Neuroscience of decision making and informed consent: An investigation in neuroethics

Research output: Contribution to journalArticle

23 Citations (Scopus)

Abstract

Progress in neuroscience will allow us to reveal the neuronal correlates of psychological processes involved in ethically relevant notions such as informed consent. Informed consent involves decision making, the psychological and neural processes of which have been investigated extensively in neuroscience. The neuroscience of decision making may be able to contribute to an ethics of informed consent by providing empirical and thus descriptive criteria. Since, however, descriptive criteria must be distinguished from normative criteria, the neuroscience of decision making cannot replace the ethics of informed consent. Instead, the neuroscience of decision making could complement the current ethics, resulting in what can be called neuroethics of informed consent. It is concluded that current progress in the neurosciences could complement and change the way in which we approach ethical problems in neuropsychiatry.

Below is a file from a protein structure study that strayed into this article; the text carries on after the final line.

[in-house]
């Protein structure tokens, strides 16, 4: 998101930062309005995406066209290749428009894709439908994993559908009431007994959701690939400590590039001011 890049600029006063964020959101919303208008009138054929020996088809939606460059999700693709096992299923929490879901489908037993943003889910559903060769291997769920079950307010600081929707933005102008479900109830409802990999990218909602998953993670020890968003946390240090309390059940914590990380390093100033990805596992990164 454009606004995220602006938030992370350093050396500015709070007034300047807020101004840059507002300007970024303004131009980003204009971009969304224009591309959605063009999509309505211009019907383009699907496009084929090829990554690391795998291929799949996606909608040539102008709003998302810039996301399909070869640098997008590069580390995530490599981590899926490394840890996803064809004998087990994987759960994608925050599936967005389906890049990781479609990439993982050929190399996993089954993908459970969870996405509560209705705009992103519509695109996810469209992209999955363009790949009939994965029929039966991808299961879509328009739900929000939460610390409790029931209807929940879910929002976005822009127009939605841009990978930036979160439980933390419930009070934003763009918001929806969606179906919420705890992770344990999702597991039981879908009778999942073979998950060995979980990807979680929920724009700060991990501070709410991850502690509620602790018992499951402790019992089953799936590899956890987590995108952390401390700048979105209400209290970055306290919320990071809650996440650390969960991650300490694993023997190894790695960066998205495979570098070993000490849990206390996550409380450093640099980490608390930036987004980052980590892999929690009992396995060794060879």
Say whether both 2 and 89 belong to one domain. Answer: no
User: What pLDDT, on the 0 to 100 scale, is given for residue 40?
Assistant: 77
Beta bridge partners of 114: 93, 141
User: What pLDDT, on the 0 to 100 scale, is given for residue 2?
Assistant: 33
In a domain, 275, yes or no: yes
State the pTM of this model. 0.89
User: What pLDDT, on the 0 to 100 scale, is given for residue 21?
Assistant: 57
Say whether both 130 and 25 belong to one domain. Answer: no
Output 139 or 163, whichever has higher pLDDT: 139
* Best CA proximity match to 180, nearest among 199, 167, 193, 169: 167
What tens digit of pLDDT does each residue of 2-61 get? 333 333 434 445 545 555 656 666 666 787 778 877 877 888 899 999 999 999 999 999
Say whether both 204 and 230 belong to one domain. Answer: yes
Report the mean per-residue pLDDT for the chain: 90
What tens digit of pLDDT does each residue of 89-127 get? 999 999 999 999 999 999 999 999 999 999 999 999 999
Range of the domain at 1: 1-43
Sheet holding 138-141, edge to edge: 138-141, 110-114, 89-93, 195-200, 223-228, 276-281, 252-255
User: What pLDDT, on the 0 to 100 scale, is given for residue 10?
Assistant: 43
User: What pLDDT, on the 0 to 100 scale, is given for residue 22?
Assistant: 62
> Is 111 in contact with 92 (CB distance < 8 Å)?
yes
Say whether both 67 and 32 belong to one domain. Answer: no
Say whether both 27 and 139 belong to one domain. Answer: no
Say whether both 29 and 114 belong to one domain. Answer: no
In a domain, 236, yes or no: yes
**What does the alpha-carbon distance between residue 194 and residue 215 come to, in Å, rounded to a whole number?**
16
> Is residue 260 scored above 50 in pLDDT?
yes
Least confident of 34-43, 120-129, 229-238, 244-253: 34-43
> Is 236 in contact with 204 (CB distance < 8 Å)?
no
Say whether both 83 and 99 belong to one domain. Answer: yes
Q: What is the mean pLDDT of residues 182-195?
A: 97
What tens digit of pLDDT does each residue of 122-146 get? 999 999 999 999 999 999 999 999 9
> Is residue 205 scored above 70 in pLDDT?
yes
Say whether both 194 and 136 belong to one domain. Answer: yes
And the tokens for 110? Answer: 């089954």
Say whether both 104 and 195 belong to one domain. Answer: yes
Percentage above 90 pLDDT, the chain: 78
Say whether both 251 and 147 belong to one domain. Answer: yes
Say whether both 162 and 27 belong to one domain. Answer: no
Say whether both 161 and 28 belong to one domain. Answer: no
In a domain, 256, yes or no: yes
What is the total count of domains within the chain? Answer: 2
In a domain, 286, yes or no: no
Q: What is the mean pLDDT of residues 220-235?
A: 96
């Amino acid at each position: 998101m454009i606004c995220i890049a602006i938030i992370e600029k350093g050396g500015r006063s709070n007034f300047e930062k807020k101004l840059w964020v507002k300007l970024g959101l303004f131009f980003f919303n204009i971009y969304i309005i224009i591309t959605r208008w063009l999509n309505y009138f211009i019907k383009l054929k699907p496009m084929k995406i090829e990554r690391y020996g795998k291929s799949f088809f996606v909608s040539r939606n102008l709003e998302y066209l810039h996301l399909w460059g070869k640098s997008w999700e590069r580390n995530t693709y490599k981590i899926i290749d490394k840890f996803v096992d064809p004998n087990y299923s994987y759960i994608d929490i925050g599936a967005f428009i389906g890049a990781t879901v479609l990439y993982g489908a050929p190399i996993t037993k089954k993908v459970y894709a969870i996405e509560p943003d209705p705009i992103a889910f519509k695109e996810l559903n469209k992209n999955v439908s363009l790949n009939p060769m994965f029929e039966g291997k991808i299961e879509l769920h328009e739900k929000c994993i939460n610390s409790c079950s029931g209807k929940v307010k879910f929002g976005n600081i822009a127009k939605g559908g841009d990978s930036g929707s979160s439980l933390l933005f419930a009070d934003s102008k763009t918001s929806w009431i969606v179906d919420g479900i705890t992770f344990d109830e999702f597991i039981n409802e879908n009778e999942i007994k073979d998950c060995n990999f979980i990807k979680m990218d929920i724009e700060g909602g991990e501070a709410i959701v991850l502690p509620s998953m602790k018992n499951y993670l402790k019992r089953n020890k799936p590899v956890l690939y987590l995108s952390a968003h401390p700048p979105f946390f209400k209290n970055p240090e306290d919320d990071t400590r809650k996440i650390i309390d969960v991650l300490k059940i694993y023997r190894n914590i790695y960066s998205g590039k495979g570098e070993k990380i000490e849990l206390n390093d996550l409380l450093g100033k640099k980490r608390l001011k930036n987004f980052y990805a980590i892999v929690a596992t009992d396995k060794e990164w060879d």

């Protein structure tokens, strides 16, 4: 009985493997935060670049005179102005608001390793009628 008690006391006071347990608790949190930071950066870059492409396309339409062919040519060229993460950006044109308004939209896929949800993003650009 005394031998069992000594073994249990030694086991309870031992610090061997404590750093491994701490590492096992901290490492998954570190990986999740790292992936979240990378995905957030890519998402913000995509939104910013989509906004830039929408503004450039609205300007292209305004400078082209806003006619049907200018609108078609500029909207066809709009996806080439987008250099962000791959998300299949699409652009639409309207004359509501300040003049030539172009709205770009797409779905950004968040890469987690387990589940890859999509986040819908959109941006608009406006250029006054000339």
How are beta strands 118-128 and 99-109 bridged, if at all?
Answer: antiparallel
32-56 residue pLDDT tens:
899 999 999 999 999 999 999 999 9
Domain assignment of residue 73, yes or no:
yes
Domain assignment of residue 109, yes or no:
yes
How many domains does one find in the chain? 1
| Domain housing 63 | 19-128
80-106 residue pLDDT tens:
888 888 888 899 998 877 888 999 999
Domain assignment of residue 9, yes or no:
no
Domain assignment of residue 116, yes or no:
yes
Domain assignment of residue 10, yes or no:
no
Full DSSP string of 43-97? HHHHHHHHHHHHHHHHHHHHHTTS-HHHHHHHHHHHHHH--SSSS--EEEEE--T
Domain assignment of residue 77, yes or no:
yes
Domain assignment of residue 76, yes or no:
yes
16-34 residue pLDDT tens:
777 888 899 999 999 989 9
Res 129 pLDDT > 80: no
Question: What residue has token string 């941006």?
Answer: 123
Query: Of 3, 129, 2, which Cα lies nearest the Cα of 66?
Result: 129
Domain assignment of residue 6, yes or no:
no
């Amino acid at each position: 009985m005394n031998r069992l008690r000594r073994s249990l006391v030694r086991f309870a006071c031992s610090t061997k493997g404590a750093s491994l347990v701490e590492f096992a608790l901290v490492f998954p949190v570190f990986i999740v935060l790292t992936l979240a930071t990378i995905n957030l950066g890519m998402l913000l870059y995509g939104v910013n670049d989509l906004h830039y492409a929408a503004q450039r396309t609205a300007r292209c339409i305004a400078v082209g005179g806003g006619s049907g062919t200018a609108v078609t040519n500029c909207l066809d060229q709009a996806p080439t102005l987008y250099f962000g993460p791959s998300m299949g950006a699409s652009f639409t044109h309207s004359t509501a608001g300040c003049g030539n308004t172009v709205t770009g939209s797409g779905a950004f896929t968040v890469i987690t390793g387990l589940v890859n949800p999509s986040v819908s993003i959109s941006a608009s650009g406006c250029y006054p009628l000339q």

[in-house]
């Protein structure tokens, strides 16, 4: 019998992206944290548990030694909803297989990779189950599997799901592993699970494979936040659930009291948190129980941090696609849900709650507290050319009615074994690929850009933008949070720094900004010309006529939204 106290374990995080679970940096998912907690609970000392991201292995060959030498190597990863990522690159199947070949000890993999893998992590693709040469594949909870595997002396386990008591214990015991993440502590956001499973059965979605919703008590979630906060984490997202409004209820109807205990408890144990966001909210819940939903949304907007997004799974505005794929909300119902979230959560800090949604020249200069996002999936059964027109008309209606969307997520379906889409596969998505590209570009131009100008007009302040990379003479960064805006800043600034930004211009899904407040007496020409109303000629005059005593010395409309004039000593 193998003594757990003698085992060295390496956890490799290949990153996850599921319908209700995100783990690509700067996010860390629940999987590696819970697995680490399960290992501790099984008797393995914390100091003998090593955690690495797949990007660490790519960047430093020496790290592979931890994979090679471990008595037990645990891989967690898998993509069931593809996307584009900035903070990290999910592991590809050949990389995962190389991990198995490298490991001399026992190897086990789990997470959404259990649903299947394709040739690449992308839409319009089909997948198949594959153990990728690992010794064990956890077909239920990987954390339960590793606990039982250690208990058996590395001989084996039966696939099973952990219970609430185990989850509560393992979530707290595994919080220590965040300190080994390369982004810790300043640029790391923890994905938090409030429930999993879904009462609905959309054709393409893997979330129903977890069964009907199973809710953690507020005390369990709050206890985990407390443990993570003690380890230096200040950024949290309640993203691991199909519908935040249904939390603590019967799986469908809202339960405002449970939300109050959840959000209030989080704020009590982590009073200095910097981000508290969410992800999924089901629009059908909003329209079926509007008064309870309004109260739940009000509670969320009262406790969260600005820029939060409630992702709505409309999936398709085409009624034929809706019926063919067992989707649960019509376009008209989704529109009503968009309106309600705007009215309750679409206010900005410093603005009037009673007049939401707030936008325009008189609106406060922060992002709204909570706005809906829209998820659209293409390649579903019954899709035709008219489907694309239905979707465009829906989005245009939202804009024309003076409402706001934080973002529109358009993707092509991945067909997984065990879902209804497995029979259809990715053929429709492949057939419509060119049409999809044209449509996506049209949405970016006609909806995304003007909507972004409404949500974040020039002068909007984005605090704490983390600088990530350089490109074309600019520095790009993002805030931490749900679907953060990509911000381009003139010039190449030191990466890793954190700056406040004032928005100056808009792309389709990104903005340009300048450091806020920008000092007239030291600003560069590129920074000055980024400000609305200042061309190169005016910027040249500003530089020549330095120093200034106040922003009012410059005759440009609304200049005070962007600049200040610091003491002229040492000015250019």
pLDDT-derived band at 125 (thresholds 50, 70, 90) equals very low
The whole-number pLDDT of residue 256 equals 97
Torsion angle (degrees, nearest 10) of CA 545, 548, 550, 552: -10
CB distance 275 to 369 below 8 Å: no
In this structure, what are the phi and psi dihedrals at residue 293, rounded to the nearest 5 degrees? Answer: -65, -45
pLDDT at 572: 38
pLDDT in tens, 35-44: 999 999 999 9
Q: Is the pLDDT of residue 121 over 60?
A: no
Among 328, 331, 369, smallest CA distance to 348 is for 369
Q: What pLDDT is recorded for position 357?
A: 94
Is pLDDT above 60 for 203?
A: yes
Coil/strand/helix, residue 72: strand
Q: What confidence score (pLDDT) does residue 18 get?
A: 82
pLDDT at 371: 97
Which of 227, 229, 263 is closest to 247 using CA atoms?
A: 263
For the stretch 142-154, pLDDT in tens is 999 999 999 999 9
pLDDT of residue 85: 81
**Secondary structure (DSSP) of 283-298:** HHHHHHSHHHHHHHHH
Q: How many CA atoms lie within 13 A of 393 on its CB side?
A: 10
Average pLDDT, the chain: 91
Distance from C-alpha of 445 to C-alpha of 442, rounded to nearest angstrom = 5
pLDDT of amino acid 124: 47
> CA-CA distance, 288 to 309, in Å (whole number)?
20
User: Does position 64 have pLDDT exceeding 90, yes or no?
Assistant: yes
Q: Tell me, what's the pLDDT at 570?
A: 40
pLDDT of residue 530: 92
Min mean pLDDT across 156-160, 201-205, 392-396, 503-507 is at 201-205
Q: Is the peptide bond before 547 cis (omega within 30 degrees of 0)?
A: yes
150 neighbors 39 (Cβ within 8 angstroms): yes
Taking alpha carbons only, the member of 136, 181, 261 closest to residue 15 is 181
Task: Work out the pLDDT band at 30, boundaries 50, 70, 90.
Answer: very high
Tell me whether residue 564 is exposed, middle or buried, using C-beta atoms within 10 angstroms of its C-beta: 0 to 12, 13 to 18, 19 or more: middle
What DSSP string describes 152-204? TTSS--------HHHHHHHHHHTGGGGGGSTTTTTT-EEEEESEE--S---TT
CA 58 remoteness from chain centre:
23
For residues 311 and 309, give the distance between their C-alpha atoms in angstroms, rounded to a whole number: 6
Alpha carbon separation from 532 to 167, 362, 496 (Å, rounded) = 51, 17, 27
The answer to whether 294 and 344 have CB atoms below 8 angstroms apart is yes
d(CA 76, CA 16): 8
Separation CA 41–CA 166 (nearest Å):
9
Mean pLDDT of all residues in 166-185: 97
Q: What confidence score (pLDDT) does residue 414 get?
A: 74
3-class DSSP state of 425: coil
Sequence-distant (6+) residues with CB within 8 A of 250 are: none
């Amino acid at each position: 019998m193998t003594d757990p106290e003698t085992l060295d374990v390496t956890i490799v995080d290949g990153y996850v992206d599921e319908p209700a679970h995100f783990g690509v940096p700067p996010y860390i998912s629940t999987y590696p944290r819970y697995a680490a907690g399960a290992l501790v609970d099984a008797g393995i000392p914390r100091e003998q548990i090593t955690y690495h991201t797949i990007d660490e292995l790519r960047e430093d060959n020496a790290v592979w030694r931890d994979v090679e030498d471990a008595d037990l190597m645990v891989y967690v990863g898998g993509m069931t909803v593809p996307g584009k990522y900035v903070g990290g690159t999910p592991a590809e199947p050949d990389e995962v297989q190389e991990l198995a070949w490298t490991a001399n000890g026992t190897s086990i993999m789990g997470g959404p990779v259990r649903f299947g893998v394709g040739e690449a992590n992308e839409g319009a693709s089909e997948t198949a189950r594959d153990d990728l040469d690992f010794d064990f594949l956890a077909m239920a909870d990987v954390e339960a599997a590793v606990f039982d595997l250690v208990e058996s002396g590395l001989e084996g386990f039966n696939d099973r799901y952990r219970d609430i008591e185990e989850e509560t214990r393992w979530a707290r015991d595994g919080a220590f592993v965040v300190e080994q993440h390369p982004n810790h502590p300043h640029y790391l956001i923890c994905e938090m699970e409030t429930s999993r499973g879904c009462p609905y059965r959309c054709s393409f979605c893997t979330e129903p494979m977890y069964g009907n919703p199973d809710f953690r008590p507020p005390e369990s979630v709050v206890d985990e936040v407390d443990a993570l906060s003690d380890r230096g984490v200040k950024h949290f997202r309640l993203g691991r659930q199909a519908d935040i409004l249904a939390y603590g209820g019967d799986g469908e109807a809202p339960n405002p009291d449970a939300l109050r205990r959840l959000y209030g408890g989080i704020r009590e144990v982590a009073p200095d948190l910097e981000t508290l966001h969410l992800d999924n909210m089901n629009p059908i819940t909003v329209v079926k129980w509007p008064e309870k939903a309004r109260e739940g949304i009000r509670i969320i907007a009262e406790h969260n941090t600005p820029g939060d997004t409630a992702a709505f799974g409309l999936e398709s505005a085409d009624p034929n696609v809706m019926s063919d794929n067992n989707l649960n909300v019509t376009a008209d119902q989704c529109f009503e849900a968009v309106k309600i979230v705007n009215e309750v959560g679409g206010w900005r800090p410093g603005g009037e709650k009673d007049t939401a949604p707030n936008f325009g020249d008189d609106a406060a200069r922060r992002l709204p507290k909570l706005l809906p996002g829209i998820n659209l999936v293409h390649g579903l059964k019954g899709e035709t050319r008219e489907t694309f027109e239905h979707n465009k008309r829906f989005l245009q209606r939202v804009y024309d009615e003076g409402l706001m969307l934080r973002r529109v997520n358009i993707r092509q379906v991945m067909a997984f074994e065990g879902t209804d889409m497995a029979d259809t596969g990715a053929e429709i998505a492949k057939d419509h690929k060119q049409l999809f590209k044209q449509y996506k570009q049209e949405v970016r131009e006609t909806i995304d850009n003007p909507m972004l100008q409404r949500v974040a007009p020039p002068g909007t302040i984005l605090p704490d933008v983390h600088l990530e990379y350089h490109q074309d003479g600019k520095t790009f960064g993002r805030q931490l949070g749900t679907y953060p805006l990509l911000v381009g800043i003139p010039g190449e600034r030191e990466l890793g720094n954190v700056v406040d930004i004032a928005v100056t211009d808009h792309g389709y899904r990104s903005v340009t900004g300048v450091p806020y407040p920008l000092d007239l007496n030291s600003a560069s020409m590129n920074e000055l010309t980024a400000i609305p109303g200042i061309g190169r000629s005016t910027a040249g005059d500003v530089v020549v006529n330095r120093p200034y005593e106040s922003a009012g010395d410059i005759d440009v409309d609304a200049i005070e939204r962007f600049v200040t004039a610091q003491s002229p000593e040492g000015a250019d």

Original languageEnglish
Pages (from-to)70-73
Number of pages4
JournalJournal of Medical Ethics
Volume32
Issue number2
DOIs
Publication statusPublished - Feb 2006

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Neurosciences
neurosciences
Informed Consent
Decision Making
decision making
Ethics
moral philosophy
Psychology
Neuropsychiatry
Neuroethics
Neuroscience

ASJC Scopus subject areas

  • Nursing(all)
  • Medicine (miscellaneous)
  • Social Sciences (miscellaneous)

Cite this

Neuroscience of decision making and informed consent : An investigation in neuroethics. / Northoff, Georg.

In: Journal of Medical Ethics, Vol. 32, No. 2, 02.2006, p. 70-73.

Research output: Contribution to journalArticle

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